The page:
will fall by an average of 0.8 percent from current levels in these cities when open enrollment begins on Nov. 15, according to the study. The analysis finds that the premium for the second-lowest-cost silver plan is decreasing in 7 of the 16 areas studied – but also that changes in average premiums will vary considerably across areas. At least two insurers will offer coverage through the marketplaces in the major city in each of the 15 states studied and D.C. Most areas will have five or more insurers, and three will have 10 or more.

More here

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29
Aug
14

ObamaCare Means No Longer Living With Perpetual Pain

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57andfemale

A simple observation:

I got my bone density test today. I have had serious hip and back pain for over a dozen years. Because I am one of 20% of adult asthmatics who cannot take any NSAID’s, I live in perpetual pain. Self-employed, no insurance until ACA.

I got a bone density test today – no co-pay. Because PBO made even the most basic insurance affordable AND comprehensive.

I’m seeing a chiropractor as well as regular doctors. I need some x-rays so we know how aggressive we can be with exercise and PT. If I need cartillage-building or bone-building therapy, I have insurance. thank you, PBO and Dem’s.

All I want is to be able to run up and down the stairs to do laundry. To clean my house. To have a weekend where I can clean my sewing room, throw fabric in boxes, and feel alive the next day.

I am closer to that because of ACA. Thank you POTUS. Thank you, Nancy Pelosi.

Now let’s sustain this progress and keep the Senate and take back the House.

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08
Aug
14

ObamaCare: Helping Millions? ✓ Strengthening Medicare? ✓

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Alex Wayne: Medicare Reduces Payments For 2015 Hospital Admissions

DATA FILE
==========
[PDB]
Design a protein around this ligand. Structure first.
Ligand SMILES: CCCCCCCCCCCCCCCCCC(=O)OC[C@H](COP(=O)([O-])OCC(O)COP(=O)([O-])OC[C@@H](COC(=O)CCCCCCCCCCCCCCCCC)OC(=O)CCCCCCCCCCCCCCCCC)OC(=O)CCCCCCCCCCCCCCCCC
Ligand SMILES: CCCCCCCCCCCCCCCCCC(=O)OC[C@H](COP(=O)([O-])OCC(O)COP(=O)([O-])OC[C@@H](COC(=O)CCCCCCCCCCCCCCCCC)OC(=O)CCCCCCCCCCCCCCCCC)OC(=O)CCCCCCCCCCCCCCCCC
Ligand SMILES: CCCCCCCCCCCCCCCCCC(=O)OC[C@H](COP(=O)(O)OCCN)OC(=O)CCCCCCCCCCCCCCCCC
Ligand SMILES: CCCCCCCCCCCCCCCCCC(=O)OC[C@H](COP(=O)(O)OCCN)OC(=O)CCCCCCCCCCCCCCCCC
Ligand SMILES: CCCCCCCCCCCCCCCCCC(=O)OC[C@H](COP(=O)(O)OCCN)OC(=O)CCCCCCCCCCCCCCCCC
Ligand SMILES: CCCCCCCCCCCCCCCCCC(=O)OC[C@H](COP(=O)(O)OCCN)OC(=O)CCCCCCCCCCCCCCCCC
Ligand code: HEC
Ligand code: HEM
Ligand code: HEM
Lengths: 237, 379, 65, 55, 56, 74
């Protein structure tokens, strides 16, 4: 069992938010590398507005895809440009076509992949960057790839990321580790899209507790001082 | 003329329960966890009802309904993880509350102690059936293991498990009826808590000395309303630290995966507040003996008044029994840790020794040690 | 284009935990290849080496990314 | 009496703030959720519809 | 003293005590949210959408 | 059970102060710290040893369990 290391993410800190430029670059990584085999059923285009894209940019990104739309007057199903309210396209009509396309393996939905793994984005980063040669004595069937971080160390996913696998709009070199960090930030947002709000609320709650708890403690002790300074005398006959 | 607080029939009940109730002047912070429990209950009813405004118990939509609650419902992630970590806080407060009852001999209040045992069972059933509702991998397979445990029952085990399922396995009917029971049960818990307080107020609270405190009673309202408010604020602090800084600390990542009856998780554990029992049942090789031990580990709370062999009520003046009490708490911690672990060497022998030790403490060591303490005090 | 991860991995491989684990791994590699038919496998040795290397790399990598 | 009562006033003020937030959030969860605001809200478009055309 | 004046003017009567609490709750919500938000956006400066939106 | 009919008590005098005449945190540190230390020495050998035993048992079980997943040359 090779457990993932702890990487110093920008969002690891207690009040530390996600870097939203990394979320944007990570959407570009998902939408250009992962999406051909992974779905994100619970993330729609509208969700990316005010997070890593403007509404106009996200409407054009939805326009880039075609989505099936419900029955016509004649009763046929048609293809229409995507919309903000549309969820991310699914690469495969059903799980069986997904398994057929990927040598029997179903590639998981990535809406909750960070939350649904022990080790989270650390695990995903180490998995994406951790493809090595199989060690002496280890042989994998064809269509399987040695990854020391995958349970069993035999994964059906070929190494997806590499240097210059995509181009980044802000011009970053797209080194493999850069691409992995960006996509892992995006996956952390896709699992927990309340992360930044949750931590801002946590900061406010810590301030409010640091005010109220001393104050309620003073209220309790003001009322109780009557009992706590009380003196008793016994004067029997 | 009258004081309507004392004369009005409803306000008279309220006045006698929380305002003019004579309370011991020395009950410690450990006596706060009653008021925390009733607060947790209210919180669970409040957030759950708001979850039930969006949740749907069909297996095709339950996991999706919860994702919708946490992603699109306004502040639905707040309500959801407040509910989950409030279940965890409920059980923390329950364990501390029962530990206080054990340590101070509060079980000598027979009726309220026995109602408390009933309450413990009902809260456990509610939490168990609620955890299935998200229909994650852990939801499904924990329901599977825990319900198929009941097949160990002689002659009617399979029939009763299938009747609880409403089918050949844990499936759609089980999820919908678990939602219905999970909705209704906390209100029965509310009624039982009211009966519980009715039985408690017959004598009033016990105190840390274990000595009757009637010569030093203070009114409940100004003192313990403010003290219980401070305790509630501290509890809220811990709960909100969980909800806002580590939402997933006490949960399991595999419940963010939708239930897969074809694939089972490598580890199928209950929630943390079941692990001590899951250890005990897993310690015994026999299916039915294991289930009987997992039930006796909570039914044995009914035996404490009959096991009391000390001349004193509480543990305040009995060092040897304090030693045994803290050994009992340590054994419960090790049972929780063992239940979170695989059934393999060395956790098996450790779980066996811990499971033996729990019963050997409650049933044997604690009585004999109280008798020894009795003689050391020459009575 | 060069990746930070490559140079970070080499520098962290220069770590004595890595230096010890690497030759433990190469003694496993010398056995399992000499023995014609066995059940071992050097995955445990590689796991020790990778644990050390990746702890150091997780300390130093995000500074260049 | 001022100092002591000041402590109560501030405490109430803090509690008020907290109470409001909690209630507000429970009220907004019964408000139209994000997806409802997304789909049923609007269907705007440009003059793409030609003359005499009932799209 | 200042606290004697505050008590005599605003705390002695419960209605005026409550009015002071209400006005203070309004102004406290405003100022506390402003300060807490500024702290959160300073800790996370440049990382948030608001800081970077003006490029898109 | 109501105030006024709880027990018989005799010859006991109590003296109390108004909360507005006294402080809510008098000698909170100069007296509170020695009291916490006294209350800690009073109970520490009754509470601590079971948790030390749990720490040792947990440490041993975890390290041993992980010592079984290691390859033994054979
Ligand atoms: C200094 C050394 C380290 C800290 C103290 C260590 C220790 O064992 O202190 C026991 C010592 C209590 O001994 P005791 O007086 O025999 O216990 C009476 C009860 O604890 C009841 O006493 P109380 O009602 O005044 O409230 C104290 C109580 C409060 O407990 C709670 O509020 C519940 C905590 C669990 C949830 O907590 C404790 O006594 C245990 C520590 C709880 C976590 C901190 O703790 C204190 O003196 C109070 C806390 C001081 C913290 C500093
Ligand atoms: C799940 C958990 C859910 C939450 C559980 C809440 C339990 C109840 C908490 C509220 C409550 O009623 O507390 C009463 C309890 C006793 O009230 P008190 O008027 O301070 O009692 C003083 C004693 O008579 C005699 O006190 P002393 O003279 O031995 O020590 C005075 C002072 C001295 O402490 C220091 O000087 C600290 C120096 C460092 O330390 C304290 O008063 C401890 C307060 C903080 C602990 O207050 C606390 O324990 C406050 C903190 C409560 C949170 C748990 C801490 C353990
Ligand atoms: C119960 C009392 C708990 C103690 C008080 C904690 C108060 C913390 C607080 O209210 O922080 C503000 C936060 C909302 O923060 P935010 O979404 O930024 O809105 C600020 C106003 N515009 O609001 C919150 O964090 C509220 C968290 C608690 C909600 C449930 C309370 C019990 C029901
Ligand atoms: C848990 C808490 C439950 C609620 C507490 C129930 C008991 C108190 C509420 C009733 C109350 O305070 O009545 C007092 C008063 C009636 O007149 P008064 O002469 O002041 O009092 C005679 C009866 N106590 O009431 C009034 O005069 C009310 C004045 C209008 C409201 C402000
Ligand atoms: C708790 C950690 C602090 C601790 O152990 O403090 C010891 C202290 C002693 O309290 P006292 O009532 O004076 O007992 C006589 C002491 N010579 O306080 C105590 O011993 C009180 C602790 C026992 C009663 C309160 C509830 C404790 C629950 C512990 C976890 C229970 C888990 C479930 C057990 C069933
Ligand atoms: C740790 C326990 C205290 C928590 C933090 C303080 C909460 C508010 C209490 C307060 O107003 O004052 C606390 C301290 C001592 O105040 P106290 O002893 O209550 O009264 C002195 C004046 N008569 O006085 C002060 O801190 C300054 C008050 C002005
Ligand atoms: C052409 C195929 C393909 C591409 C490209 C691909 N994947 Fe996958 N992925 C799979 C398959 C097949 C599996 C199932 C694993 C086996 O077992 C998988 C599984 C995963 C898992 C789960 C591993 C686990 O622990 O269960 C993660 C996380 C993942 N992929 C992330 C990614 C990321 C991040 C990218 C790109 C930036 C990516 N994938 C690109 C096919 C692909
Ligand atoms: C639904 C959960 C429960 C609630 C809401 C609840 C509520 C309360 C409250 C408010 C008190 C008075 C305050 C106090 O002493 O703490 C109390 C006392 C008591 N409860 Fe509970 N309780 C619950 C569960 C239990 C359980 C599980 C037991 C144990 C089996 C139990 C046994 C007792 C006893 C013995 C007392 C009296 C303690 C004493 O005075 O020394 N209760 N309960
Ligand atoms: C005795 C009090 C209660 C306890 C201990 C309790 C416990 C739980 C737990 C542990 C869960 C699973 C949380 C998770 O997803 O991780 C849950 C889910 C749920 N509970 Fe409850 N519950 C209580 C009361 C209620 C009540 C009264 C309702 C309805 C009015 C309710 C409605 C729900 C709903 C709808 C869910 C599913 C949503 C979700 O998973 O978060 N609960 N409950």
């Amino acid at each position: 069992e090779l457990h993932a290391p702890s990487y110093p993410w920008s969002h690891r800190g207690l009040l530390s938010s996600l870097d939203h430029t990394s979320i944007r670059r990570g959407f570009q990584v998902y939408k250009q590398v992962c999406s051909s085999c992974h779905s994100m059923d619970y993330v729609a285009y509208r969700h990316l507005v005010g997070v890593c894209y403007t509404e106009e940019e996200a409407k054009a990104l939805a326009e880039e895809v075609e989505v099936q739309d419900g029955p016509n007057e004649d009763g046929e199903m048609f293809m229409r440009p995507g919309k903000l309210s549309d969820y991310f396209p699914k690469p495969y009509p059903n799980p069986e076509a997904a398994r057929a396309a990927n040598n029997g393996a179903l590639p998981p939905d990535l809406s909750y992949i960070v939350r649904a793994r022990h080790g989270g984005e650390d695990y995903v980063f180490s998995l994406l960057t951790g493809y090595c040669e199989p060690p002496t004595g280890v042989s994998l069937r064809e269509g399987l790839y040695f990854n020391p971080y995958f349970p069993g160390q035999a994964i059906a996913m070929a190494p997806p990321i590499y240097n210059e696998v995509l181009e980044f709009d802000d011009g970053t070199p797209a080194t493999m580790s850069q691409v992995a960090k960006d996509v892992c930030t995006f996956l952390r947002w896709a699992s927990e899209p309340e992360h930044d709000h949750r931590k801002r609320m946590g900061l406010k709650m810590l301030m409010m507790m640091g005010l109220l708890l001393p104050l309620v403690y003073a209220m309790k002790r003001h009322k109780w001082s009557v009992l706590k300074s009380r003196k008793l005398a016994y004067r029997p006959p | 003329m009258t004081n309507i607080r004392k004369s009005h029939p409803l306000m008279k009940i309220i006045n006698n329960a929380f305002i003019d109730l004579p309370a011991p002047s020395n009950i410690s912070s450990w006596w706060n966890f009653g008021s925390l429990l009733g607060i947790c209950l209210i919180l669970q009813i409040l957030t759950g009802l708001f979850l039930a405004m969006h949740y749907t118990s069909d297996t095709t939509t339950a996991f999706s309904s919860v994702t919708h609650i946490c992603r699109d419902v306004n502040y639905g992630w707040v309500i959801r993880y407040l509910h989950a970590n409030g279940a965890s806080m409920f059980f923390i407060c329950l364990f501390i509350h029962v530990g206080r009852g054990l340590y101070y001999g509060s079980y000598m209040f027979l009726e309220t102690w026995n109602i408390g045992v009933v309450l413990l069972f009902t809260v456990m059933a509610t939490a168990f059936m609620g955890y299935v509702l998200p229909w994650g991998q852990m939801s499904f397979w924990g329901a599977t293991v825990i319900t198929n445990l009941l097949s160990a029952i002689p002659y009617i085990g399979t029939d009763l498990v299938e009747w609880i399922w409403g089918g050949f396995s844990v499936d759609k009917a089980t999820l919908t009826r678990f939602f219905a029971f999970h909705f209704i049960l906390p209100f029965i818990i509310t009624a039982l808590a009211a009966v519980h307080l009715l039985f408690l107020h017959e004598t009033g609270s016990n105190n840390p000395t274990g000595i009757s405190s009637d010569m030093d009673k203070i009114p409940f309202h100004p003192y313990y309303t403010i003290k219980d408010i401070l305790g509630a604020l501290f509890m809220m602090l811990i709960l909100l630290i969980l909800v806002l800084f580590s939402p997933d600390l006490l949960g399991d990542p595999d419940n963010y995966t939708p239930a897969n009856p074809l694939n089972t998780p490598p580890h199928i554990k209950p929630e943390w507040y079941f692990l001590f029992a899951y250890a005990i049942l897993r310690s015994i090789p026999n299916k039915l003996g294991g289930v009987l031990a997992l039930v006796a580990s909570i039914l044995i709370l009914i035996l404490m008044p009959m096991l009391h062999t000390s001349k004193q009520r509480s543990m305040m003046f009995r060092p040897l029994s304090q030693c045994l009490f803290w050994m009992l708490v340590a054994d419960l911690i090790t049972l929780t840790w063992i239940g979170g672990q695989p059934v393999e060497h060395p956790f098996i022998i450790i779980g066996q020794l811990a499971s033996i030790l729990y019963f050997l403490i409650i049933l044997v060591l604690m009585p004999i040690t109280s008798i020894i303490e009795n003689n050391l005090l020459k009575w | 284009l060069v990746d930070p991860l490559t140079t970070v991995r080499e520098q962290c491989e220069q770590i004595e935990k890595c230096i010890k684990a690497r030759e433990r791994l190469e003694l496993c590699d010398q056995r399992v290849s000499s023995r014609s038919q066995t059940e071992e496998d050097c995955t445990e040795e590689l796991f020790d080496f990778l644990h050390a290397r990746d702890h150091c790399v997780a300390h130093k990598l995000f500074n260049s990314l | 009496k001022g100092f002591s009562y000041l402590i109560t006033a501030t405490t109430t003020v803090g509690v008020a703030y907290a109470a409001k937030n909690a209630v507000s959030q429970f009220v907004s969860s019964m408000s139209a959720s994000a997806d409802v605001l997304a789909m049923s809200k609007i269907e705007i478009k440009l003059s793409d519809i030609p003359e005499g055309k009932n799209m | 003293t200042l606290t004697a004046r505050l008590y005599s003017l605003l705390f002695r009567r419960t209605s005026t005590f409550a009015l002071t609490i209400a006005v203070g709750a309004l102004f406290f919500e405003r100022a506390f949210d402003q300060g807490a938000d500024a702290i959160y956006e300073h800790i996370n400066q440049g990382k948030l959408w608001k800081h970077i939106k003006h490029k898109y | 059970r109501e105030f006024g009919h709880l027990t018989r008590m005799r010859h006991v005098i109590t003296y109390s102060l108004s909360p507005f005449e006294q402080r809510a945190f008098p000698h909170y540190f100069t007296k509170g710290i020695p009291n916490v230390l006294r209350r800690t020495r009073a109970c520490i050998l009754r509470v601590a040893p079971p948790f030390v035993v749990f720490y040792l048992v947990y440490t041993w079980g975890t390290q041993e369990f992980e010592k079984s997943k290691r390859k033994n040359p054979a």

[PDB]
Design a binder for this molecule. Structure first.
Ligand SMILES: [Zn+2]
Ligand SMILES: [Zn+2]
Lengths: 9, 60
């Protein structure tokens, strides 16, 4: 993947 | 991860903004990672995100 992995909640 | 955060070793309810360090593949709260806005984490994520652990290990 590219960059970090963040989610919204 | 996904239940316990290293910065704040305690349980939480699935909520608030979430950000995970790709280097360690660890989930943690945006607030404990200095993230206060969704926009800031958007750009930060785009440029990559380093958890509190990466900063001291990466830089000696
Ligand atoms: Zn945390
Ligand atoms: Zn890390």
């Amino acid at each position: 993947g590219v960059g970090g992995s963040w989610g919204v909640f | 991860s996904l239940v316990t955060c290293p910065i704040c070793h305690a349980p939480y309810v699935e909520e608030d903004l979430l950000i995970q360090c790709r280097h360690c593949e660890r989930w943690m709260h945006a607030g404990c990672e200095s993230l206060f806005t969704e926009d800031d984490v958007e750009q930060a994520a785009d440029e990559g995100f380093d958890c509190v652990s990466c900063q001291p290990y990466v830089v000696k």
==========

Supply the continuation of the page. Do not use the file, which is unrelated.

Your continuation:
Medicare, the U.S. program for the elderly and disabled, said payments for hospital admissions would fall $756 million next year as penalties stiffen for patients who return too early. Payments for inpatient services at about 3,400 acute-care hospitals will be cut about 0.6 percent in 2015, the Centers for Medicare and Medicaid Services said in a regulatory filing,

including reductions in funding for hospitals who provide care for many low-income patients, those with too many patients who contract infections while admitted and higher penalties for readmissions within 30 days. The Obama administration has applauded reduced Medicare spending for hospital admissions, a trend encouraged by the Patient Protection and Affordable Care Act that has added 13 years to the life of Medicare’s key trust fund.

More here

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Tony Carrk: Conservatives Want You To Pay More For The Health Plan You Like

The Affordable Care Act, or ACA, is working: The uninsured rate has fallen dramatically since the law went into effect. Newly released data published in The New England Journal of Medicine show that 10.3 million adults gained coverage during the first open enrollment period. According to a recent Commonwealth Fund survey, 60 percent of those with new coverage said they used their coverage to go to the doctor or hospital or to fill a prescription; 62 percent of those people said they would not have been able to do so without their new coverage. Moreover, of those who were looking for a doctor, two-thirds said they were able to get an appointment within two weeks. People are happy with their coverage. Overall, 78 percent of those surveyed said they were either somewhat